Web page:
Originally published Nov 28, 2014
How Long Does a Ragdoll Cat Live?
In short, the average lifespan of a Ragdoll cat is 9-15 years, but averages are just that - averages. They can certainly live longer. My Rags passed 19.5. My parents' Caymus just passed at 16 years old in December 2020. And some readers have had Ragdolls live as long as 26 years.
When my childhood Ragdoll cat, Rags, was around 14 years old, I remember Googling what the average lifespan of a Ragdoll cat was. I found out that the average lifespan of a Ragdoll is 9-15 years. Of course, with Rags being 14, I wasn't crazy about reading that! Of course, Rags died at 19.5 years old, so he helped that average grow a little bit. How do they come up with those averages anyway?
Something to remember about averages is that they are taken from a large crop of numbers - in other words, you have cats that die before 9 years of age and you have cats that die when they are older than 15 years old.
Lifespan of a Ragdoll Cat - The average lifespan of a Ragdoll cat is 9-15 years. They can certainly live longer. Some readers have had Ragdolls live as long as 26 years.
Regardless, I would always estimate around 15 years old if you are considering adopting a kitten because that kitty will be with you a long time and if you don't see stability in your life, then it might not be the right time to adopt a cat. Of course, you can never predict the future, so you might also think your life will be stable and something can happen that alters everything. There's not an exact to anything in life, but I believe it is important to consider the life expectancy of a kitty when you are adopting one.
No one wants to think about their kitty passing on, but it is a part of life and a sad part every responsible pet owner must face.
As your cat ages, you may be considering what you will do when they pass - how will you handle it? How will you commemorate their life? You might want to check out different pet burial options if you don't already have something in mind - that way it might be easier to deal with when the time comes. Research now could save you from making a spontaneous decision in a moment of grief later.
Important Numbers about a Cat's Age
Yes, the average lifespan of a Ragdoll cat is 9-15 years, but this extends far more than that. It's important to keep in mind that the age of 10 is an important hump in a cat's life and that most Ragdolls do get past it and live longer than that. Most of them get to the age of 15, but some of them live well past that as well, like my Rags, who made it all the way to 19.5. My parents' Ragdoll cat Caymus passed at 16.
You'll be happy to know that there are Ragdoll cats that have even made it to 25. That is nothing short of impressive, but there are a lot of factors that influence the longevity of a cat's life. Let's go through the most important ones because this should give you a much better idea of what the lifespan of a Ragdoll cat might be.
Factors that Influence Longevity in Ragdoll Cats
When you hear a lifespan of up to 15 years and even more, this means that this is how long your cat could live if all goes well. There are plenty of things that can leave a great mark on the body of a cat and either expand their life or shorten it. The good news is that you can actually control many of these. As long as you take proper care of your cat, which you surely have every intention to, you can provide it with an excellent chance at a long life. Here are the main factors you should be aware of:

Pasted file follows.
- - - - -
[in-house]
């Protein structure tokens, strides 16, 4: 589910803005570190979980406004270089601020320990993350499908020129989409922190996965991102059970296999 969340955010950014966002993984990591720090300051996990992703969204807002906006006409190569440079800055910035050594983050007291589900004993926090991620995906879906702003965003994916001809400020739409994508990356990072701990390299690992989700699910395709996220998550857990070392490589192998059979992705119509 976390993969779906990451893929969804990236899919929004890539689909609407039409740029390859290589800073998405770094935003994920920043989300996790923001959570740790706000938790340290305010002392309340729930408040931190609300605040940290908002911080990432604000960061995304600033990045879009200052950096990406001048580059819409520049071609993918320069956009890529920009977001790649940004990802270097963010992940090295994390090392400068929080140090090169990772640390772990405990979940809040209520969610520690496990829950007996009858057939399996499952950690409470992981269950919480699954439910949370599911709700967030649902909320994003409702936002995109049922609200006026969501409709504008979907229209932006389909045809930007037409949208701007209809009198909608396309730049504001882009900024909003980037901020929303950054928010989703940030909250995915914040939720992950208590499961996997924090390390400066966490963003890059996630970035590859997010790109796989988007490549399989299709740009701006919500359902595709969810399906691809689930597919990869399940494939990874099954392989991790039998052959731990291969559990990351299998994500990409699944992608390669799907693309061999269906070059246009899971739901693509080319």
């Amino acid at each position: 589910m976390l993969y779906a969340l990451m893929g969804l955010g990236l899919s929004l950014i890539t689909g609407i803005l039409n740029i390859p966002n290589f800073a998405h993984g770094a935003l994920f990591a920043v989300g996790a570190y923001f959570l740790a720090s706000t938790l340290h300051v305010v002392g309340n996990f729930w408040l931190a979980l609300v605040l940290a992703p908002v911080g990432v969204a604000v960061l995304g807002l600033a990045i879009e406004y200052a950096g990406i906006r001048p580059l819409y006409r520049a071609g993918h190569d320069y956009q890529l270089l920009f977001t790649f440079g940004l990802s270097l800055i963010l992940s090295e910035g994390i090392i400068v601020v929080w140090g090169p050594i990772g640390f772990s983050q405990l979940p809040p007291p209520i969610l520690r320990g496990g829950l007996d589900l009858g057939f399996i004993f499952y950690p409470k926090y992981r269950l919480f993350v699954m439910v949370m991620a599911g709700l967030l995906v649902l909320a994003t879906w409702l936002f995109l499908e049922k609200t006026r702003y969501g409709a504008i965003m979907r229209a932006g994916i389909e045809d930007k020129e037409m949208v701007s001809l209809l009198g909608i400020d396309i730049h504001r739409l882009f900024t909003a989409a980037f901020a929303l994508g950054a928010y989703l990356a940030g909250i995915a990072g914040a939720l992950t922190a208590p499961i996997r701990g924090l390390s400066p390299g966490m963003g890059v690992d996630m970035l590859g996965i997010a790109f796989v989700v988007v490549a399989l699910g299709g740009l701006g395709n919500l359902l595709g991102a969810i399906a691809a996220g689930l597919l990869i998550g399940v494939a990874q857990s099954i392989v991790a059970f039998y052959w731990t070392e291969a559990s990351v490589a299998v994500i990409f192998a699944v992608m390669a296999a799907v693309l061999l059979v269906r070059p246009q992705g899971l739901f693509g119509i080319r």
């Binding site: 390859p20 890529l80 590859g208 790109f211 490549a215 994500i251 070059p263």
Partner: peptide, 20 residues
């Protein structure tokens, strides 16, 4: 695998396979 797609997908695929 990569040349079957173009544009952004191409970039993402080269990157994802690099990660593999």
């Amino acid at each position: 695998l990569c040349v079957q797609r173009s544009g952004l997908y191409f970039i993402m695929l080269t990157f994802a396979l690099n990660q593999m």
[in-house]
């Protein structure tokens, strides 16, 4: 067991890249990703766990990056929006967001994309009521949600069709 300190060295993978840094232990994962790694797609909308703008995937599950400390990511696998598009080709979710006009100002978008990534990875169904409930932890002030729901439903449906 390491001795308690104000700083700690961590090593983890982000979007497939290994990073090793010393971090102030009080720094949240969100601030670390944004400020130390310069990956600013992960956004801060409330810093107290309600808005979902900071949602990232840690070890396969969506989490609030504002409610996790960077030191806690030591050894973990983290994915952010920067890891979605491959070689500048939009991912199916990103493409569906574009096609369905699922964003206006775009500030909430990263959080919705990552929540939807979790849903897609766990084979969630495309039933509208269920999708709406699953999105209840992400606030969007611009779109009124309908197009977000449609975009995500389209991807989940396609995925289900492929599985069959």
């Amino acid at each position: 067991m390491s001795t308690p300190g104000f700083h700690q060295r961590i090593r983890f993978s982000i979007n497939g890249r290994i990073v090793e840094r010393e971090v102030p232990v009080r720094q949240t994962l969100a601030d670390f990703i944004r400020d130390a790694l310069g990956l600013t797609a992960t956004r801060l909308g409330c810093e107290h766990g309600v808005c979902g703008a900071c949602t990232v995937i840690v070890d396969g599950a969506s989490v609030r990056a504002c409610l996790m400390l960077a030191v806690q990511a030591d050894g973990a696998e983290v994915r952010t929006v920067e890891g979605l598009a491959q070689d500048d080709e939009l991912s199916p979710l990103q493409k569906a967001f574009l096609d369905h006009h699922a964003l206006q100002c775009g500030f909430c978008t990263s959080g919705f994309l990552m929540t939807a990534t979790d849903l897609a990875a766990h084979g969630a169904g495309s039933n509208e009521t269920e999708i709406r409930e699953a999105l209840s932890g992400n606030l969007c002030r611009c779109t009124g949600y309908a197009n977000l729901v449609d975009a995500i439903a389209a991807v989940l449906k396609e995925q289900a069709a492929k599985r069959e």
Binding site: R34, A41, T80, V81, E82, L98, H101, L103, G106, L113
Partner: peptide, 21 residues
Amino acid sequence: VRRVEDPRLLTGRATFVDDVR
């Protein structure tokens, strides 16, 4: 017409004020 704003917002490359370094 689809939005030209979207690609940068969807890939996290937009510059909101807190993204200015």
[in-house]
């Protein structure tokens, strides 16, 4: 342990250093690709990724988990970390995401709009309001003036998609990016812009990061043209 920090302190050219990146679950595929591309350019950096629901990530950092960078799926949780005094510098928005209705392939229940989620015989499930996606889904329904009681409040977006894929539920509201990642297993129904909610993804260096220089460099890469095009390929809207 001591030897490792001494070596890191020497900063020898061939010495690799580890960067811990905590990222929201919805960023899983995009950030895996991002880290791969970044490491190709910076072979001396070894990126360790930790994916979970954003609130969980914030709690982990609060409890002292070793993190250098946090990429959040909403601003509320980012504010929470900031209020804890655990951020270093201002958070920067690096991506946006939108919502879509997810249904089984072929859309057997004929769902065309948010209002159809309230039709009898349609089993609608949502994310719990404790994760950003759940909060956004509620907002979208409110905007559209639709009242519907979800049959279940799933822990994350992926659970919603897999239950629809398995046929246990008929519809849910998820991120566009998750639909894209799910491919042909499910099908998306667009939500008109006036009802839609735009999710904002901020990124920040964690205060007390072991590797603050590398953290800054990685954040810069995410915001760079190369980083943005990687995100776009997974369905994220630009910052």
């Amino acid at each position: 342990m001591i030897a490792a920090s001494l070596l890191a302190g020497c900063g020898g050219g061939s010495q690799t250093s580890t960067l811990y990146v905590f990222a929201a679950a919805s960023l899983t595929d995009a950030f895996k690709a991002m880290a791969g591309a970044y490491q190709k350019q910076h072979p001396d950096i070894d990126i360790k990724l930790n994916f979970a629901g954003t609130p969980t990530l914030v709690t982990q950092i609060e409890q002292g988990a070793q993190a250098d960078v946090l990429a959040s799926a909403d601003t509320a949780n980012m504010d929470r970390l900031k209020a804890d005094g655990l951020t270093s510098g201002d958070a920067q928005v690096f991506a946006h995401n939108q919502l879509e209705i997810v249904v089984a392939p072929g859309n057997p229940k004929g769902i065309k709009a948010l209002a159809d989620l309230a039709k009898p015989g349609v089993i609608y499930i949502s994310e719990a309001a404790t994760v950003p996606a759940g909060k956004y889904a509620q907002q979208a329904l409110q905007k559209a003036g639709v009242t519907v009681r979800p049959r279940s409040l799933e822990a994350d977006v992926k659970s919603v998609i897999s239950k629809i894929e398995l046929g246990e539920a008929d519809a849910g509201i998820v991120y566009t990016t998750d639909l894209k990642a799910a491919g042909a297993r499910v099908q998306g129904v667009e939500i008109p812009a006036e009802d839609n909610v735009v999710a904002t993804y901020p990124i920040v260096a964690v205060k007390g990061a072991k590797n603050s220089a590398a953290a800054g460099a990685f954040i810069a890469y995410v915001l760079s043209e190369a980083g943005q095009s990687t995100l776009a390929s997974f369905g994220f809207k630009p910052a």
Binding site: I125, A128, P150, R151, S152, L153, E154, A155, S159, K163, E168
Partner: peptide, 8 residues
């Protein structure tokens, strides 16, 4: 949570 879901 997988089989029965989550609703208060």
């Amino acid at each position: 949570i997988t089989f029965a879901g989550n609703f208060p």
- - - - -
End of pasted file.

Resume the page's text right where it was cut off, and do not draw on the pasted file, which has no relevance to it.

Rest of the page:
As mentioned above, the lifespan average for the Ragdoll breed is 9-15. But you need to narrow that down to the individual, your Ragdoll cat. You might get more accurate information than the breed average can provide by asking how long your cat's parents have lived. If possible, look into the lifespan of its grandparents as well. This should offer more precise information.
However, don't forget to ask about the conditions of the parents' and grandparents' deaths. It's important to get a bit of medical history because that could point you to the genetic diseases that they might have passed on to your cat. By being aware of these, you can inform your veterinarian of them and you can work more thoroughly on preventing them.
It is difficult to pinpoint whether tomcats or female cats (mollies) live longer because each gender is exposed to certain factors that might influence their lifespan. Male cats are territorial and when they are in heat, they often fight other males to get to the females.
This can be a major risk factor if your male cat lives outdoors and actually has the chance to leave home in pursuit of females, and, naturally, if the male cat has not been neutered. However, it should be taken into account that most Ragdoll cats that come from catteries are already neutered when they get to their families, so running off after cats is an out of the ordinary situation.
Female cats, on the other hand, are exposed to some important risk factors. Even if neutered, there is still some risk that they might develop breast cancer. While neutering minimizes the risk, it cannot remove it altogether.
On regular checkups, the veterinarian will always examine the cat's breasts because prevention is the best policy when dealing with issue. As for female cats that are not neutered, that will produce kittens, they are exposed to the risks brought on by complications when giving birth.
Acute diseases have a rapid onset and development. Most of the time, they seem to appear out of nowhere and acting fast is absolutely crucial. To make sure you can do that, you should do some research into emergency veterinary care options. If the time ever comes for you to need urgent care for your cat, it's best to know where to turn to. Talk to your veterinarian about this next time, just to have it all cleared out.